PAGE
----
Based on recent negotiations for an FY2018-19 budget compromise and appropriations, Senate Majority Leader Mitch McConnell (R-KY) stated that the Senate would devote time to debate immigration reform/DACA because the last Continuing Resolution (Public Law No: 115-123) did not include such provisions.
The debate culminated in votes on Thursday afternoon regarding three different immigration bills that would have provided a way for Dreamers to stay in the country, but also included varying levels of border security investments, as well as changes to the country's legal immigration policies. The three bills, including a bipartisan proposal created by the "Common Sense Caucus" and a plan favored by the White House, failed to gather the 60 votes required to move through the Senate. The Senate also failed to pass an amendment proposed by Sen. Toomey (R-PA) to punish so called "sanctuary cities." The Senate roll call votes for each measure offered this week are posted here: www.senate.gov/legislative/votes.htm. (The bill H.R. 2579 is an unrelated measure that the Senate was using as the legislative vehicle for the debate.)
The Senate will not reconvene until February 26 and it is unclear if the body will resume debating the issue after the recess, or even in March, given that no proposal has emerged to gather sufficient votes from the right and left.
In a letter to the Senate, NSBA wrote that "If there is no immediate legislative solution for overall immigration reform, we urge you to extend the DACA program through a separate measure that will provide the immediate support for continuity and reassurance that students will not be separated from their families and communities; and, that their education will not be jeopardized."
In the House, Speaker Paul Ryan (R-WI) has not committed to vote on legislation for immigration reform, as there is uncertainty about the votes needed for passage (similar to the developments in the Senate). There are several immigration bills in the House, including bipartisan measures to extend DACA and legislate provisions regarding border security. However, the 218 votes needed for passage are not yet confirmed.
NSBA will continue to advocate for a solution to DACA as Congress resumes this debate. The House and Senate are scheduled to return from a state/district work period on February 26.
Vidal v. Nielsen - Preliminary Injunction Order: NSBA is pleased to report that a federal district court judge in New York has issued a nationwide preliminary injunction in Vidal v. Nielsen (New York v. Trump), a case in which NSBA and other national educational organizations filed an amicus brief supporting plaintiffs challenging the DACA rescission. The judge ordered the Administration to resume processing renewal requests under the Deferred Action for Childhood Arrivals (DACA) program until the full case is resolved. The ruling acknowledges the irreparable harm to be suffered by employees who will lose their employability and health insurance coverage, putting strains on state healthcare systems, and that the DACA rescission would have "profound and irreversible economic and social implications."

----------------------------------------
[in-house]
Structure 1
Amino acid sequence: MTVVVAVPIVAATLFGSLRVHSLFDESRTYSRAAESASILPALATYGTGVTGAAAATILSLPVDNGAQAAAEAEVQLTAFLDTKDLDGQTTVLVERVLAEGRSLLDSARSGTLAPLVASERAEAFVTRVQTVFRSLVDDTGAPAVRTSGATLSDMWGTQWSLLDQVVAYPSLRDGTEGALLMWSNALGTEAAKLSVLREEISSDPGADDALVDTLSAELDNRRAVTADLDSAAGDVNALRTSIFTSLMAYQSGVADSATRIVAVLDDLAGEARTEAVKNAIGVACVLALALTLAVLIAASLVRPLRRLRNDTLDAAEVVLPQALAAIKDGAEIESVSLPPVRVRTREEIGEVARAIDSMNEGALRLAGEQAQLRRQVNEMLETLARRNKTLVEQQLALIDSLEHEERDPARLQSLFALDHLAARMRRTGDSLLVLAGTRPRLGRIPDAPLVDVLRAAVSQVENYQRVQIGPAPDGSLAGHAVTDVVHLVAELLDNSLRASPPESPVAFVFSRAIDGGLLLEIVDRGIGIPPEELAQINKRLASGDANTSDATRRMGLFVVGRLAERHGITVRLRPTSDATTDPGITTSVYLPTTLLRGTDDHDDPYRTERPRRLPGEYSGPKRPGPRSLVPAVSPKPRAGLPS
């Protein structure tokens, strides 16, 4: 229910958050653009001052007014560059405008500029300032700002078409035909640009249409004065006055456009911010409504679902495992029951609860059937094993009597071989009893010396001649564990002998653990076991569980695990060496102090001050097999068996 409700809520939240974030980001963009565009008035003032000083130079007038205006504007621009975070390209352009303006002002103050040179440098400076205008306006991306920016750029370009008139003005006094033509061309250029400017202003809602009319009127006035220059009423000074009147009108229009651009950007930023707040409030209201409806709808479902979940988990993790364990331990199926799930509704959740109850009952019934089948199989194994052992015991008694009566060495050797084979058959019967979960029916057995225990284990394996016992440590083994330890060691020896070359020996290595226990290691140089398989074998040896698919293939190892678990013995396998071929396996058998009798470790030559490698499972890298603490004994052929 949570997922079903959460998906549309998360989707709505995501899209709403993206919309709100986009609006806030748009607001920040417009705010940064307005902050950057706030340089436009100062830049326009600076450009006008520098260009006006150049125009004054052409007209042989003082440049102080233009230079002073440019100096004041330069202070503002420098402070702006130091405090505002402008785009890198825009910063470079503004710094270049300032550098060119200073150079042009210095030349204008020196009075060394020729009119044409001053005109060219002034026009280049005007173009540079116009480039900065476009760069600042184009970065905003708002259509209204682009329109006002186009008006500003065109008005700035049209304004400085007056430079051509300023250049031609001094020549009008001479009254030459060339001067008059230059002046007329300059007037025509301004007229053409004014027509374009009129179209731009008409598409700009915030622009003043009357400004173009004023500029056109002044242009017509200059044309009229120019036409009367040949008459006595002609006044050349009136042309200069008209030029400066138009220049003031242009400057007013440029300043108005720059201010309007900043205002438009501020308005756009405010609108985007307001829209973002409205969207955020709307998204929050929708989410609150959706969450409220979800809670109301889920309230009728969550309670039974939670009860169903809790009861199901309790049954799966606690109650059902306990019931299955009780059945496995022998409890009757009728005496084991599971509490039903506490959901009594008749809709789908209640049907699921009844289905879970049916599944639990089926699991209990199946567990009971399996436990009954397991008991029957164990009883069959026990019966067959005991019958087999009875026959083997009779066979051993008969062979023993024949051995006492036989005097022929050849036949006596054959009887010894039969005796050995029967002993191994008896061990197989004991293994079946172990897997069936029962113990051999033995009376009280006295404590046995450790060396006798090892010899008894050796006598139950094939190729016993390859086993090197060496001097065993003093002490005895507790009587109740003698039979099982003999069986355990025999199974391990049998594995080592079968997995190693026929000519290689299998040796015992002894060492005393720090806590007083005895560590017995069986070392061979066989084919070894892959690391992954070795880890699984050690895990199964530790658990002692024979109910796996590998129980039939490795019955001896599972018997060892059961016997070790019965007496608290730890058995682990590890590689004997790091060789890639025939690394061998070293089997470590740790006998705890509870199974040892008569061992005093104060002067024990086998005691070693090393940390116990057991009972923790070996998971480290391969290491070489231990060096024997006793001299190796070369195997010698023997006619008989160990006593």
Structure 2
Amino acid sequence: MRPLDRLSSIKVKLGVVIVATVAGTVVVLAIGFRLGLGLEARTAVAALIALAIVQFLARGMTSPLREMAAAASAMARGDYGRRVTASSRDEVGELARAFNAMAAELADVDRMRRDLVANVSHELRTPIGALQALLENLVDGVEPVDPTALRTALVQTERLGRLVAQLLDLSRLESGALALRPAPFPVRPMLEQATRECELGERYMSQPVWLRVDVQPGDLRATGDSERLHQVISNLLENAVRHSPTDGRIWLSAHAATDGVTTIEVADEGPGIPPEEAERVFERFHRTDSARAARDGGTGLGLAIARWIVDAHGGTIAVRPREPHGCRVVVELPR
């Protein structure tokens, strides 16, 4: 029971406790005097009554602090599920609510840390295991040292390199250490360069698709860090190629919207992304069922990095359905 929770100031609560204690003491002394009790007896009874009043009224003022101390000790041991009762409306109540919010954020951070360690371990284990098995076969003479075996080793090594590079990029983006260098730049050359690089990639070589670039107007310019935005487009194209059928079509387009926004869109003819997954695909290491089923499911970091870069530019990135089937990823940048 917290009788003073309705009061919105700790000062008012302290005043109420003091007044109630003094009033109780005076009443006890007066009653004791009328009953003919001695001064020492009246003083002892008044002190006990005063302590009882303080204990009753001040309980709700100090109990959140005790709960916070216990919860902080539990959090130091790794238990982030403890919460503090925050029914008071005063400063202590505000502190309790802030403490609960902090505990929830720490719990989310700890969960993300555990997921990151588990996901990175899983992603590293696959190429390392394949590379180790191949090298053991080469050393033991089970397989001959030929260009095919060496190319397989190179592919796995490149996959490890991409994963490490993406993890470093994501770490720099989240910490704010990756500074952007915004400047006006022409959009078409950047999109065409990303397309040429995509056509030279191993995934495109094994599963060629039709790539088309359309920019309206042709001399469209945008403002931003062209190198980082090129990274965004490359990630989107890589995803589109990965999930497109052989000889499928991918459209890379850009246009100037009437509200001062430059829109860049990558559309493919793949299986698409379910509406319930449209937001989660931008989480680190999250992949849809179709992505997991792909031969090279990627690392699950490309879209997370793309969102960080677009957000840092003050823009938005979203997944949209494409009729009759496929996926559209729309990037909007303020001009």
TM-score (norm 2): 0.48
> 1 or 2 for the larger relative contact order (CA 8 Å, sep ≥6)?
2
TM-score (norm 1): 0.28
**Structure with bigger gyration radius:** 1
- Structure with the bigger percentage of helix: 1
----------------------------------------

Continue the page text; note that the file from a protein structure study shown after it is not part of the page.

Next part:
DACA was established in 2012 by then U.S. Department of Homeland Security Secretary Janet Napolitano. In September 2017, the current Administration rescinded the DACA program, leading to advocacy groups and states challenging that rescission in federal court. Consistent with NSBA's policy statements affirming the importance of equitable access to educational opportunities regardless of immigration status, the NSBA amicus brief focused on the ways DACA has motivated young people to stay in school, further their education and choose productive careers, including in public schools. The brief notes the detrimental effects that rescinding of the DACA program has on K-12 schools by creating fear and insecurity for many public school students and for those DACA grantees who have chosen to give back by working as public school teachers and support staff.
The New York ruling is the second to be issued by a federal judge this year. A federal judge in California made a similar ruling in January, leading the federal government to begin processing DACA renewal requests at that time. NSBA's amicus brief in this case is available at www.nsba.org/vidal-v-nielsen-ed-ny.
Supreme Court: Today, reports indicate that the Supreme Court will hold a closed-door meeting to decide whether to take up the lower court opinion that blocked the plan announced in September to end DACA. The question before the Supreme Court is to consider the possibility of reviewing the opinion without a ruling from a federal appeals court, following a direct request from the U.S. Department of Justice.
Supplemental Information: NSBA's legal advocacy team has developed a related guide for school districts that is posted online. Titled Lifting the Lamp Beside the Schoolhouse Door: A Legal Guide to Serving Undocumented Students in Public Schools, this guide was updated last October and includes best practices.
The American Immigration Council has provided the following materials for your review, as a supplement to the general session on DACA that was held during the Advocacy Institute.
• Fact Sheet on the Dream Actand DACA: www.americanimmigrationcouncil.org/research/...
• Special Report: DACA at Year Three: Challenges and Opportunities in Accessing Higher Education and Employement: www.americanimmigrationcouncil.org/research/...
• State Fact Sheets on Immigrants and DAC recepients: www.americanimmigrationcouncil.org/topics/...
• Fact Sheet: Public Education for Immigrant Students: Understanding Plyler v. Doe: www.americanimmigrationcouncil.org/research/...
• Fact Sheet: U.S. citizen children Impacted by Immigratio Enforcement: www.americanimmigrationcouncil.org/research/...
Article courtesy of NSBA Federal Update - Week of February 12, 2018